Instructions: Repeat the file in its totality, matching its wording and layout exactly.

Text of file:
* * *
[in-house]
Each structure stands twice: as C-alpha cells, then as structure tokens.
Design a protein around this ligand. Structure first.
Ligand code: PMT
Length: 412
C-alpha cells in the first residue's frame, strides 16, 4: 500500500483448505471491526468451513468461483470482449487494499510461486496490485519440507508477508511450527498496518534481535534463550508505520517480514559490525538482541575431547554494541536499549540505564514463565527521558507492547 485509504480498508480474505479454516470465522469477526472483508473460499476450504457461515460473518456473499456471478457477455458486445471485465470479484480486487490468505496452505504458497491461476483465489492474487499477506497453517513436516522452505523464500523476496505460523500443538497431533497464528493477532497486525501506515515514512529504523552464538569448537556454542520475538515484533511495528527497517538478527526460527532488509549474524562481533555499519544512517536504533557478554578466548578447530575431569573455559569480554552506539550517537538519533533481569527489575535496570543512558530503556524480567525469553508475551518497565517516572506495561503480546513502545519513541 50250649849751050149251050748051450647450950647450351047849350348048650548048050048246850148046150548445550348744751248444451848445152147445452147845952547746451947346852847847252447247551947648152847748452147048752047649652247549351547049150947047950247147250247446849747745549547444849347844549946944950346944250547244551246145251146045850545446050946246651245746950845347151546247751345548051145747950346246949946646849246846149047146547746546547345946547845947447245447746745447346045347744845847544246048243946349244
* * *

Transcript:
[in-house]
Each structure stands twice: as C-alpha cells, then as structure tokens.
Design a protein around this ligand. Structure first.
Ligand code: PMT
Length: 412
C-alpha cells in the first residue's frame, strides 16, 4: 500500500483448505471491526468451513468461483470482449487494499510461486496490485519440507508477508511450527498496518534481535534463550508505520517480514559490525538482541575431547554494541536499549540505564514463565527521558507492547 485509504480498508480474505479454516470465522469477526472483508473460499476450504457461515460473518456473499456471478457477455458486445471485465470479484480486487490468505496452505504458497491461476483465489492474487499477506497453517513436516522452505523464500523476496505460523500443538497431533497464528493477532497486525501506515515514512529504523552464538569448537556454542520475538515484533511495528527497517538478527526460527532488509549474524562481533555499519544512517536504533557478554578466548578447530575431569573455559569480554552506539550517537538519533533481569527489575535496570543512558530503556524480567525469553508475551518497565517516572506495561503480546513502545519513541 50250649849751050149251050748051450647450950647450351047849350348048650548048050048246850148046150548445550348744751248444451848445152147445452147845952547746451947346852847847252447247551947648152847748452147048752047649652247549351547049150947047950247147250247446849747745549547444849347844549946944950346944250547244551246145251146045850545446050946246651245746950845347151546247751345548051145747950346246949946646849246846149047146547746546547345946547845947447245447746745447346045347744845847544246048243946349244